A new poll suggests 60% of parents still smack their children occasionally, despite a law change effectively banning the practice.
The Weekend Herald-Digipoll survey questioned 200 parents of 4-year-olds about parental discipline and found 9% of mothers and 8% of fathers say they smack their children at least once a week.
Despite a law change in 2007 which abolished the use of reasonable force against children for the purpose of "correction," the poll shows nearly two thirds of parents still smack their children occasionally.
39% of mothers and 33% of fathers say they never smack.
Bob McCoskrie of Family First is surprised such a high proportion of parents are flouting the law by smacking their children.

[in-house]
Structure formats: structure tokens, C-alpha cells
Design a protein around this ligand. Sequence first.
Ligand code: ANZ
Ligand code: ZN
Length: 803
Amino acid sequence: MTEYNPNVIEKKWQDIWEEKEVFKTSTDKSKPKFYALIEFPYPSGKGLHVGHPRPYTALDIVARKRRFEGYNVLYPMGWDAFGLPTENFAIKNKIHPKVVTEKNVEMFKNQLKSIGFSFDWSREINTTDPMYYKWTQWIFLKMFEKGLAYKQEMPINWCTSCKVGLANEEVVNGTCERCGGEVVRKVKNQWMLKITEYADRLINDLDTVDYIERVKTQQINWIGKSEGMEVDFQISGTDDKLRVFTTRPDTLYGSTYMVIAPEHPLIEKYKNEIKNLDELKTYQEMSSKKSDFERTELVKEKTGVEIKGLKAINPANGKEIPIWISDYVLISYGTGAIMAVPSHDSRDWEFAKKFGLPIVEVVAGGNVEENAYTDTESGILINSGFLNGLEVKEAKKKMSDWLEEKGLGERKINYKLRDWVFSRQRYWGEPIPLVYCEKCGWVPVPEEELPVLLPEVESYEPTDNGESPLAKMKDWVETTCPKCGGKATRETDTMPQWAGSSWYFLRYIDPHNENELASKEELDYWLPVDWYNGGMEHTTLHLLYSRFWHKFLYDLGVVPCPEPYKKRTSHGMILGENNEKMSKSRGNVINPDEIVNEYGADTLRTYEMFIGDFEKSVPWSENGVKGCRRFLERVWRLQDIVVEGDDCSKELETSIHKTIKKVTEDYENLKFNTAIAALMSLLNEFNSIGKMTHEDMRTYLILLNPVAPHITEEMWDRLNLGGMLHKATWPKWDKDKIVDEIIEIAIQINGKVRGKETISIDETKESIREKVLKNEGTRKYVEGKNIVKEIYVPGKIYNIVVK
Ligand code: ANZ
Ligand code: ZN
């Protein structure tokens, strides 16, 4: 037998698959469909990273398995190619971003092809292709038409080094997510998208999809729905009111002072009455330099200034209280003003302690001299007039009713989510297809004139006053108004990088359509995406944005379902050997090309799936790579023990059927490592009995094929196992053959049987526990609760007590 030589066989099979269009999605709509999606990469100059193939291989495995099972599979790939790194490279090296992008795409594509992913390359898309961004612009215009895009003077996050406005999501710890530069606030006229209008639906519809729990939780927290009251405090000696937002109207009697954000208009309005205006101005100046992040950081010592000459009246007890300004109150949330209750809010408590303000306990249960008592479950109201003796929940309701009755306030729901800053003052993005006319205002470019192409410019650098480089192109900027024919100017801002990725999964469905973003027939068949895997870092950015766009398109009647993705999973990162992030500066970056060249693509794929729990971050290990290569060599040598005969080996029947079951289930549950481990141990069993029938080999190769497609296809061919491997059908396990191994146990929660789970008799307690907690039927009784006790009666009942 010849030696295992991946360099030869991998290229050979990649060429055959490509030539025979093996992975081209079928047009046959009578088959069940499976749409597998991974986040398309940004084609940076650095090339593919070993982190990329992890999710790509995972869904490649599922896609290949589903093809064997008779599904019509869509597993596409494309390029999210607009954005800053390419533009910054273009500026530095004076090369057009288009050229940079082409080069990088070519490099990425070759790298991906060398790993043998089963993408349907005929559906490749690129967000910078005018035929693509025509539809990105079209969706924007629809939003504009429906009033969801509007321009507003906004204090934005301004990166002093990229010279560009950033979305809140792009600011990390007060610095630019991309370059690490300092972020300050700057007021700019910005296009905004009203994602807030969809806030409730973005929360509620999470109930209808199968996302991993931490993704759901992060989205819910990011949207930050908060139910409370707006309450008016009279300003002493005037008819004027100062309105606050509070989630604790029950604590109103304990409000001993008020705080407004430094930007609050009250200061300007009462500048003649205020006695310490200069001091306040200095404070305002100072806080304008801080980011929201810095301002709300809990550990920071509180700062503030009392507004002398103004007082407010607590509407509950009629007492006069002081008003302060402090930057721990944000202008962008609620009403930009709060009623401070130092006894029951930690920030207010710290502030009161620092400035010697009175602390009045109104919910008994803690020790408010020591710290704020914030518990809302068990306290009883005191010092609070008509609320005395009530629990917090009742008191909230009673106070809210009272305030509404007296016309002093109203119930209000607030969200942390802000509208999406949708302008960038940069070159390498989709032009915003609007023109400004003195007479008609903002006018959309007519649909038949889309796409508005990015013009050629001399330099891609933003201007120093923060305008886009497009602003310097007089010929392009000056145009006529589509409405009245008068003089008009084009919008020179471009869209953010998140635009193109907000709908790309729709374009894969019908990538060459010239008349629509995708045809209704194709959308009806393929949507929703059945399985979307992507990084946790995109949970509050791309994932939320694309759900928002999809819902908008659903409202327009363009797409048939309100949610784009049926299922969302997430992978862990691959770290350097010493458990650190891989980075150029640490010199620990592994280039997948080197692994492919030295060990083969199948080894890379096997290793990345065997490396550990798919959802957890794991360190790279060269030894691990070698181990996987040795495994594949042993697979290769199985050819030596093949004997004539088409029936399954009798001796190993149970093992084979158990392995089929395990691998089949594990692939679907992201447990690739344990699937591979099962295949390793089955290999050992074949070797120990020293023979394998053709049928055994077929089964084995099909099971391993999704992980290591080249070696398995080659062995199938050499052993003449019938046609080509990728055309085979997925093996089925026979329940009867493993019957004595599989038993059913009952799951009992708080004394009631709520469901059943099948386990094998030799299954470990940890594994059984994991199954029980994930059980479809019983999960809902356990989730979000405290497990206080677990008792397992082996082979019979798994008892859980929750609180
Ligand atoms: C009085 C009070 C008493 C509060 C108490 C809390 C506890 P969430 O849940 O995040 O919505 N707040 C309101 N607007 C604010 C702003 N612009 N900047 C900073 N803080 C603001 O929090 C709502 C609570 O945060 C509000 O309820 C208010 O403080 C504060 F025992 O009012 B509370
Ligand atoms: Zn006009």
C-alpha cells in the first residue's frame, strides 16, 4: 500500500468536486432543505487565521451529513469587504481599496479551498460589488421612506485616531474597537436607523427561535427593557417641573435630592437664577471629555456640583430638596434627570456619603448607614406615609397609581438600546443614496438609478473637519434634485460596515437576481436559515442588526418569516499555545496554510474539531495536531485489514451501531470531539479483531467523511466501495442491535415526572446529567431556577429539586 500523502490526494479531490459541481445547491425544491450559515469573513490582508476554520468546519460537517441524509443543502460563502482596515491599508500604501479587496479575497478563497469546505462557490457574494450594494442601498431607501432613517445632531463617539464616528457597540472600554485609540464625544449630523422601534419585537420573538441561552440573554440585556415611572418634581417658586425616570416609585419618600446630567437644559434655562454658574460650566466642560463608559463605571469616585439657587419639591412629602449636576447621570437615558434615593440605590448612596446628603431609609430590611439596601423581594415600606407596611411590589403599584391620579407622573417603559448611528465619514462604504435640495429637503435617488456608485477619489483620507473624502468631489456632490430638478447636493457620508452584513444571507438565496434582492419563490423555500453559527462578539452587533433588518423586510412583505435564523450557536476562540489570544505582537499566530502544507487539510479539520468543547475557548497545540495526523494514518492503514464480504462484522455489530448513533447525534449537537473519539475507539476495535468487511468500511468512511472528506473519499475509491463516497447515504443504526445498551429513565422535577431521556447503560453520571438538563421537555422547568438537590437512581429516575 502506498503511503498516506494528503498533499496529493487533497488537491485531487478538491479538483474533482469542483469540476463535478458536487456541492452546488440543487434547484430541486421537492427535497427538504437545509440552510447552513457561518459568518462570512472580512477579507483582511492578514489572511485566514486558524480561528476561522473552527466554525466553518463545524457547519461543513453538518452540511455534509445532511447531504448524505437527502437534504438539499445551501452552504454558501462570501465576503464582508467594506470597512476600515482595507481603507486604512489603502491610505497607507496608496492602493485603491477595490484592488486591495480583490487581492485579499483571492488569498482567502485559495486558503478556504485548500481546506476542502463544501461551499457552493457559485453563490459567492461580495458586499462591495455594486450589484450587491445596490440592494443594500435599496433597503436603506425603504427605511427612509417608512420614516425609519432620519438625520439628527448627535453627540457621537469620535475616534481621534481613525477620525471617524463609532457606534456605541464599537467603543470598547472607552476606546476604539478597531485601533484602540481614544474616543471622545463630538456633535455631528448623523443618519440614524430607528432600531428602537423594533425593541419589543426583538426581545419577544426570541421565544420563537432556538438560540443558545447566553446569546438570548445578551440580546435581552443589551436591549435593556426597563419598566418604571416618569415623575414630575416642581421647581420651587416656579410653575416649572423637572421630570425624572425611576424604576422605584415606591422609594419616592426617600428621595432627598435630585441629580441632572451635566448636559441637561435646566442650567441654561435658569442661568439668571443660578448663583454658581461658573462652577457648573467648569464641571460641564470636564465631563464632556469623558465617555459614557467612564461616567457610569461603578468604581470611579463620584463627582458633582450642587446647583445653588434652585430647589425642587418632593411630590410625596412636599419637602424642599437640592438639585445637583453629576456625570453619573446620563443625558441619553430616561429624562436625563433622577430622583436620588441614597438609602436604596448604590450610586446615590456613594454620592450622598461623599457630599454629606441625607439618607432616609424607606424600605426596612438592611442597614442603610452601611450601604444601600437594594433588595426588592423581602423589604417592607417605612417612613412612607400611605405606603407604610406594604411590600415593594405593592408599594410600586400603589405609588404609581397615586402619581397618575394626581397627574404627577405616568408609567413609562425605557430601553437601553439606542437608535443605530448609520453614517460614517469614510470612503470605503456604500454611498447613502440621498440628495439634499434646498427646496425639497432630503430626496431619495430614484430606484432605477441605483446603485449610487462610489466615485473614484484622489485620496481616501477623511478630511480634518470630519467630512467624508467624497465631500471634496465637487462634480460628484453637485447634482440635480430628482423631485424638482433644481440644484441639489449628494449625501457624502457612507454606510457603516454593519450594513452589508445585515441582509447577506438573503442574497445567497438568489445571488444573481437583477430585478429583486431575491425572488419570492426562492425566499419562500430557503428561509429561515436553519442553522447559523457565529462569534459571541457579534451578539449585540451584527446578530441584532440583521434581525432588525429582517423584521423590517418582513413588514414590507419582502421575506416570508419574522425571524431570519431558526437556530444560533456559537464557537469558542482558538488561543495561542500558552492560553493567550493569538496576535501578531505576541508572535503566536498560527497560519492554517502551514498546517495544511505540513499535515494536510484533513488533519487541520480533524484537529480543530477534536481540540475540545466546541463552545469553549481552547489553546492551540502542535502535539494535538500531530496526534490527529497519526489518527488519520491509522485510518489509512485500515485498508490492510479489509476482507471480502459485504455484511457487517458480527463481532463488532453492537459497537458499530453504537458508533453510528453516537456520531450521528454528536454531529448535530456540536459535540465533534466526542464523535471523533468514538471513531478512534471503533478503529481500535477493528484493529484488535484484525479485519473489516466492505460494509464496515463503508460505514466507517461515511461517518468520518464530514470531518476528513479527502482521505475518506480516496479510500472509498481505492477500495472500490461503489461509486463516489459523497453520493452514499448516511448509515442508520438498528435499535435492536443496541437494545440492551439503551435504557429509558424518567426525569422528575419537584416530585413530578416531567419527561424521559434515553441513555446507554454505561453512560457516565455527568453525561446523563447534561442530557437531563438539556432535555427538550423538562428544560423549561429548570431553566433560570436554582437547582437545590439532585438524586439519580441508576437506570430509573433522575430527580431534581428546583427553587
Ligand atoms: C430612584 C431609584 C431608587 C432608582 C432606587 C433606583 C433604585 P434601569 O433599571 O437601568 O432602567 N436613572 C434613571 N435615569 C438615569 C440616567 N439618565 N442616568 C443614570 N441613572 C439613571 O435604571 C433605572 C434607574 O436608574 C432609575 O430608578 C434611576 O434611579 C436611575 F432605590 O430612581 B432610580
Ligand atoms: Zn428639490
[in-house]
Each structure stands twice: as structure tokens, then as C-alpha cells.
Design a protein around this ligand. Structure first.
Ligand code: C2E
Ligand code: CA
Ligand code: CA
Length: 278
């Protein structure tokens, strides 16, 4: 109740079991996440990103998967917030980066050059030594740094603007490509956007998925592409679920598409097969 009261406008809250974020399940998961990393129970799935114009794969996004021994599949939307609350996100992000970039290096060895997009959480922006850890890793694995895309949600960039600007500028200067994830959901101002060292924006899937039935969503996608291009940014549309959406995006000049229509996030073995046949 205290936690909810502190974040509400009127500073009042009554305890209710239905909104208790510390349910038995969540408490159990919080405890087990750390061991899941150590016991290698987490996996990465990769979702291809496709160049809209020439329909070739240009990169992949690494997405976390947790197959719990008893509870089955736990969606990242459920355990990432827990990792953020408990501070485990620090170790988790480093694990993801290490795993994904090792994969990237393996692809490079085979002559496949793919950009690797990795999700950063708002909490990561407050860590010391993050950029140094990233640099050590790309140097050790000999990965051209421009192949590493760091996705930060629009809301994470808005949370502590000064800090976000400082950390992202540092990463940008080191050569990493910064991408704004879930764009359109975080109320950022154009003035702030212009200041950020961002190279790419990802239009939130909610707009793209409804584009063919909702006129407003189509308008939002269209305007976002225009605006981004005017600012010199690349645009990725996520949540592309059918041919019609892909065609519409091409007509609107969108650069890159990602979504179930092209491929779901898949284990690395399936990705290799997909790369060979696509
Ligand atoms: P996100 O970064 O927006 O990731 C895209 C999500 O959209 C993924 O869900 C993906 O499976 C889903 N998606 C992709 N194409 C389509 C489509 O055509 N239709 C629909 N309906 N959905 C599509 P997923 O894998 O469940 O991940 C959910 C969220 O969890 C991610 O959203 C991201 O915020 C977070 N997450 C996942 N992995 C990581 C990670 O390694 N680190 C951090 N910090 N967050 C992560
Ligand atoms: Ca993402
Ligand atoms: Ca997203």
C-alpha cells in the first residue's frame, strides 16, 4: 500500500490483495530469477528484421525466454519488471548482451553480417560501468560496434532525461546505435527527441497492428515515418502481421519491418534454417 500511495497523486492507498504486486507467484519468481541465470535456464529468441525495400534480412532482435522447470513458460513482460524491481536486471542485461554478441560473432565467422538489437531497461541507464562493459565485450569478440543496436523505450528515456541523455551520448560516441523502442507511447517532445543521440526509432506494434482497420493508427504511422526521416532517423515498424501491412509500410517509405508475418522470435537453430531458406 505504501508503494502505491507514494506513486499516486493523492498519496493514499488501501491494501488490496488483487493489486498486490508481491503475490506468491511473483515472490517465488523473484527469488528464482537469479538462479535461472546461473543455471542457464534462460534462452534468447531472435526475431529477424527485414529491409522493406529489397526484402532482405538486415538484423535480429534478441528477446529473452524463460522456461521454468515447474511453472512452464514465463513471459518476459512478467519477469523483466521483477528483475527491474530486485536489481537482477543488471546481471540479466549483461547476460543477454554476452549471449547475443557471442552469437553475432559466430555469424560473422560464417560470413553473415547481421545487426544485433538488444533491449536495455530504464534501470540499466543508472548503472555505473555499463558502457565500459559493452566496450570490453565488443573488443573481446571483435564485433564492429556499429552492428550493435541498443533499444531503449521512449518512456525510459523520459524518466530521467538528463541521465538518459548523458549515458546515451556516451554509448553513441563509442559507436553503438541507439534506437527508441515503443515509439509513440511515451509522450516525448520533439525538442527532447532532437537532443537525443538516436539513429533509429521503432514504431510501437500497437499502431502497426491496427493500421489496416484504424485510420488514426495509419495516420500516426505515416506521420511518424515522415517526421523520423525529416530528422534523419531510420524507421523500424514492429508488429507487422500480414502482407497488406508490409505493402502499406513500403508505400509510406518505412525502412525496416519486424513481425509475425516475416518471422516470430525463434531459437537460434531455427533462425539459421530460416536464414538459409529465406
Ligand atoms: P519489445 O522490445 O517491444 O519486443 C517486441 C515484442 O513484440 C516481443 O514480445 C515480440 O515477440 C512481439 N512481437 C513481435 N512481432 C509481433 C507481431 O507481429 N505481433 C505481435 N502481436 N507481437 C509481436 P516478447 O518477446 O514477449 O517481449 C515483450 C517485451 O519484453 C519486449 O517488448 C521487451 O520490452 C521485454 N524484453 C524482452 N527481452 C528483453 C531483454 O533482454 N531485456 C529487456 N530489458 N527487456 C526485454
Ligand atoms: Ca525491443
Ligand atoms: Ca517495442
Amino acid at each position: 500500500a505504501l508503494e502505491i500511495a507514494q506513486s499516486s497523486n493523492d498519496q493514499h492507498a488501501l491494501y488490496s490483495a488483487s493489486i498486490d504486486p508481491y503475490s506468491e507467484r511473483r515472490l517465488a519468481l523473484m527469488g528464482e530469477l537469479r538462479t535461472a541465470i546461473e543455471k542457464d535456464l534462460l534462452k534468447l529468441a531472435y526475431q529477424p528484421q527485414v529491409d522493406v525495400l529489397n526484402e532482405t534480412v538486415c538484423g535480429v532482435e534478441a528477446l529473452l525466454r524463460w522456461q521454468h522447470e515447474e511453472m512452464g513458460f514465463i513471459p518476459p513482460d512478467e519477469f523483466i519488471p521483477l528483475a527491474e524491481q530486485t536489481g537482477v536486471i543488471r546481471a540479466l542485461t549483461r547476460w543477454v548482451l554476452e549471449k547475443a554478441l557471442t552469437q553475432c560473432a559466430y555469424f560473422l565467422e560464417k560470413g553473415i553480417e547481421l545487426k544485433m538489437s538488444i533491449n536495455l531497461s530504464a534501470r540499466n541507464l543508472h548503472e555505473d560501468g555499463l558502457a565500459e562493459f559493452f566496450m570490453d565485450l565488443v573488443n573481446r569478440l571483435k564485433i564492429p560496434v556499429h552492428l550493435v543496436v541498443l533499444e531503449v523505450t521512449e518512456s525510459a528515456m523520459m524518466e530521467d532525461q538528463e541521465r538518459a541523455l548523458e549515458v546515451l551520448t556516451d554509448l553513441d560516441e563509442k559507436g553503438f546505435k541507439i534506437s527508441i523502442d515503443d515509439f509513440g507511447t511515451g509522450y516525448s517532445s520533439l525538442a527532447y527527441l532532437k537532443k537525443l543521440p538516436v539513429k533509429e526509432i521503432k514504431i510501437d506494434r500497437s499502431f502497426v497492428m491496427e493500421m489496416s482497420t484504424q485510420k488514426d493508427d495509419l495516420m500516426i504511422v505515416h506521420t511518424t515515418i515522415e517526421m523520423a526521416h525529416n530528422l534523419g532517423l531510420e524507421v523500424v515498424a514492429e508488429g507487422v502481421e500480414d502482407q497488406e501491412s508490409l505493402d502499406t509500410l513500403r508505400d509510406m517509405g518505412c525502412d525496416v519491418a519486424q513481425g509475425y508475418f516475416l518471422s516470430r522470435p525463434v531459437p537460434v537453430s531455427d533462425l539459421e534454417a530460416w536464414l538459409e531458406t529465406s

He says that just shows the law is not working.
The poll also found 85.4% of those questioned plan to vote "no" in a referendum next month, which asks "Should a smack as part of good parental correction be a criminal offence in New Zealand?".
Green MP Sue Bradford says she was disappointed by that response.
She says there seems to be a lack of congruence between people's practice and the fact so many of them still think it should be legal to hit children.
The Weekend Herald says the poll has a margin of error of 6.9 percentage points.
Voting papers for the referendum on the 2007 amendment to the Crimes Act which outlaws force as a parent's correctional tool will go out from the end of next week.